N.Y. State of Time.

Wow, what a wonderful first week in the city that never sleeps. I am so blessed and privileged to be able to attend this media impact trip for Whitworth University 2017.

So far, we have visited five media organizations in New York, the very first being the New York Times, the largest media operation in the city.

As if it already wasn’t intimidating enough for a young aspiring communication professional in media central, right?

We had the privilege of meeting with the head of the graphics department, named Kevin.

Although Kevin had a lot of insight and inspiration for young people who want to succeed in this field, and explained how the Times operates (in terms of creating, producing and distributing content) I think the most impactful piece of advice he shared with us is to “become a numerate journalist.”

By that he meant we should diversify our portfolios as much as possible and dive into and learn a variety of skills – such as programming and coding, web development and statistics – to have the best chance of success as a journalist.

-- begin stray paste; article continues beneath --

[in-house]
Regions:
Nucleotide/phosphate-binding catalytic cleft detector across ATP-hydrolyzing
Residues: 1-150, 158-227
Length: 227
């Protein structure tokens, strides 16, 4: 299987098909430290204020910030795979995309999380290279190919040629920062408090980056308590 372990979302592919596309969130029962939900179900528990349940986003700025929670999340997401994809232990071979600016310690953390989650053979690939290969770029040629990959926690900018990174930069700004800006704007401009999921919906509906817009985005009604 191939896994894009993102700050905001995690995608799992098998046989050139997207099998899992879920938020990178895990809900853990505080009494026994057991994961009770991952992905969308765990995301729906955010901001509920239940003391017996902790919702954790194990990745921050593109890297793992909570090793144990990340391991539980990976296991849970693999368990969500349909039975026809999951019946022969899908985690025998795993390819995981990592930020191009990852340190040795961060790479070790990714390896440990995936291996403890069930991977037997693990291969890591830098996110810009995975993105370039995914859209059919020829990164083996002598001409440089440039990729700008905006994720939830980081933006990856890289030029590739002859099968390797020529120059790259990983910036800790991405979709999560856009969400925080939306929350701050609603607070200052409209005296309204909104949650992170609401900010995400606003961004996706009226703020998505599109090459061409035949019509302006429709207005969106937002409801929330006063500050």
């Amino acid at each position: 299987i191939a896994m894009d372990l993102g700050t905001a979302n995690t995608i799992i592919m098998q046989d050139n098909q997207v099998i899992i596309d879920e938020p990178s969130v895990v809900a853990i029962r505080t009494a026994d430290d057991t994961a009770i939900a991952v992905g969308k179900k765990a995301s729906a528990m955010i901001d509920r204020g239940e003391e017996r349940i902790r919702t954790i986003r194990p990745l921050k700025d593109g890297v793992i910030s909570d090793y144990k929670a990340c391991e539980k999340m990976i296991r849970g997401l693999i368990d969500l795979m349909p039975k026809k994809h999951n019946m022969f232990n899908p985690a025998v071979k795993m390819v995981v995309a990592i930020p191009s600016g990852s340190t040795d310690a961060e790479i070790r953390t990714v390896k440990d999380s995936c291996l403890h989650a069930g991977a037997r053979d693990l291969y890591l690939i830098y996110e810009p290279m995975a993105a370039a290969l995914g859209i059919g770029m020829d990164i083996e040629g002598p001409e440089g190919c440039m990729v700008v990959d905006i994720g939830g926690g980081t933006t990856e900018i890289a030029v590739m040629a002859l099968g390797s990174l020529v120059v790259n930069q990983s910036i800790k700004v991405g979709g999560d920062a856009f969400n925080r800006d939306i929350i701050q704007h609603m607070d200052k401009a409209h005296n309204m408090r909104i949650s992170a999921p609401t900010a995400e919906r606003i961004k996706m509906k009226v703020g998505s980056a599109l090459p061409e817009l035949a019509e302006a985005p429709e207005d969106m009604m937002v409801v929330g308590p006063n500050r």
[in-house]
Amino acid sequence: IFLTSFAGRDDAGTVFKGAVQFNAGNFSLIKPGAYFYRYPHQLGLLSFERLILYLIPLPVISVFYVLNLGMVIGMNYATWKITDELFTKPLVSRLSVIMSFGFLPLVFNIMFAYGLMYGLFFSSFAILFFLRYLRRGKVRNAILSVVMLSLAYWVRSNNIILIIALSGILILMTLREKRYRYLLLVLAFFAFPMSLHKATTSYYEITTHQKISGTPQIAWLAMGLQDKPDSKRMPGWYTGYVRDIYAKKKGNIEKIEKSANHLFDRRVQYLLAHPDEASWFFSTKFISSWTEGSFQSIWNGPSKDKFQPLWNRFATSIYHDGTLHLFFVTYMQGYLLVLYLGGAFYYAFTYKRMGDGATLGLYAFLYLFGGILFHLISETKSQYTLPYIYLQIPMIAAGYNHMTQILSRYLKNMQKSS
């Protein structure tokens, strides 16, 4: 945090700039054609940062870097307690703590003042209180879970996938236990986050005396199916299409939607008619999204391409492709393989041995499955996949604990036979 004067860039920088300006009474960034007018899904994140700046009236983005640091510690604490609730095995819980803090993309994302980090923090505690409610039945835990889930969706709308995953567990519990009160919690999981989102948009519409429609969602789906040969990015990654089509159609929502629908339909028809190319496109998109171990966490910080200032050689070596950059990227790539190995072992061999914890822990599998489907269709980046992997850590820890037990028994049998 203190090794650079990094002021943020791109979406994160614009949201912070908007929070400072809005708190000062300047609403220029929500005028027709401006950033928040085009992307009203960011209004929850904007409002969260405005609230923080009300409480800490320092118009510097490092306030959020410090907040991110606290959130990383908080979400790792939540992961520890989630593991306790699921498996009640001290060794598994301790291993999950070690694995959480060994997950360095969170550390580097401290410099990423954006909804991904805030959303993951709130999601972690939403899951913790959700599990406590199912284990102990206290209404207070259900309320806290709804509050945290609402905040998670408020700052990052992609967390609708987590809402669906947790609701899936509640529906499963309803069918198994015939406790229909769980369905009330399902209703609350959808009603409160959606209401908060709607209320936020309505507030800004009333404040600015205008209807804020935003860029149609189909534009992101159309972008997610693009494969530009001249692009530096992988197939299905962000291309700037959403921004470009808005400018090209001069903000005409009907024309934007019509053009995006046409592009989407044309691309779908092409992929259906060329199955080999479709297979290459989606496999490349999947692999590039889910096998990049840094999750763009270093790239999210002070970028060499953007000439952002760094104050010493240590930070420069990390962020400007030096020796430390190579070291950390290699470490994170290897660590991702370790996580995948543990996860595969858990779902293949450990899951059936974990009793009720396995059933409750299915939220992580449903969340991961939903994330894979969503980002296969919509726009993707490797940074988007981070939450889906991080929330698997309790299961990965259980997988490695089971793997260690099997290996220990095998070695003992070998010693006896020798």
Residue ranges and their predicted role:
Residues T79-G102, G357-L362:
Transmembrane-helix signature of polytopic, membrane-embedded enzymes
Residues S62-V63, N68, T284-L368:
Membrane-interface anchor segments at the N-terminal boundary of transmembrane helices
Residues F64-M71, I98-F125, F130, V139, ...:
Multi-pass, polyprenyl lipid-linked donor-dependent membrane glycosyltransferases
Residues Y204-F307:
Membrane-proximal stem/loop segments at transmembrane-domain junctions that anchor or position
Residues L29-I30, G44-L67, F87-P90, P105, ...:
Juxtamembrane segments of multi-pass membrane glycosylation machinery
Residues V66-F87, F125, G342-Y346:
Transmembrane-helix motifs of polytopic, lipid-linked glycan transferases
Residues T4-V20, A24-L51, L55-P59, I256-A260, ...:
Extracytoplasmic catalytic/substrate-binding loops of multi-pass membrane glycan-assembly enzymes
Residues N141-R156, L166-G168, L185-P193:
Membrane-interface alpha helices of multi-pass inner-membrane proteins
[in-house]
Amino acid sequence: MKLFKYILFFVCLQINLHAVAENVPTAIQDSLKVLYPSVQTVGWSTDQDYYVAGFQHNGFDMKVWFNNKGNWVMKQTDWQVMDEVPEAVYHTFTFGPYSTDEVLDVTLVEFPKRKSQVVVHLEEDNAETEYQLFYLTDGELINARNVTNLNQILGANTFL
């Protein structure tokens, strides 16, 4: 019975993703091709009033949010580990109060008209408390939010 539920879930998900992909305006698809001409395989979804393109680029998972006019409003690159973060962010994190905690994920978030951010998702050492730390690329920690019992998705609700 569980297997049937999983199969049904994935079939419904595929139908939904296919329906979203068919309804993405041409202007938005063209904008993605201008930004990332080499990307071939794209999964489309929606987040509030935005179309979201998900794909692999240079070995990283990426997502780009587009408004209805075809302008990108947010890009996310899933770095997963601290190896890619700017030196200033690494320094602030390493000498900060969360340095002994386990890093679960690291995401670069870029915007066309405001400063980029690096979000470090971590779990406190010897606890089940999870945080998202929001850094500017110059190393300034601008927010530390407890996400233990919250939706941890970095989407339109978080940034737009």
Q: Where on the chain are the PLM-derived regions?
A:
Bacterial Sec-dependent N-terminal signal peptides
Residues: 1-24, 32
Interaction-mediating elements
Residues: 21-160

For me, personally, this hit me the hardest, for two reasons: 1) Because the other organizations that we have visited thus far have said similar sentiments (for example, both The Smoking Gun and Bloomberg executives said that “journalism is the most important thing to be doing right now”). And so I think that all of the messages shared by the other organizations are encapsulated by the New York Times’ “become a numerate journalist” sentiment. With so many ways to get our message across and reach a vast audience – like print, video and social media – a journalist must be willing to and have the knowledge and skills to adapt to our ever-evolving world, particularly in technology. There is a lot of variety in the way we communicate and as young communication professionals, we should be looking for ways to engage many people of diverse backgrounds and it excites me that every day we will get to do something different and tell a new story.

The second reason it hit me was because with so many outlets now to communicate with the masses, anyone can be a journalist, which makes it even more important for professionals to seek truth, always.

I think that’s extremely important, and it is why I want to become a communication professional: the media have a tremendous power and opportunity to educate and inform the masses and reach millions of people and with that comes a responsibility to ensure that information is true and accurate.

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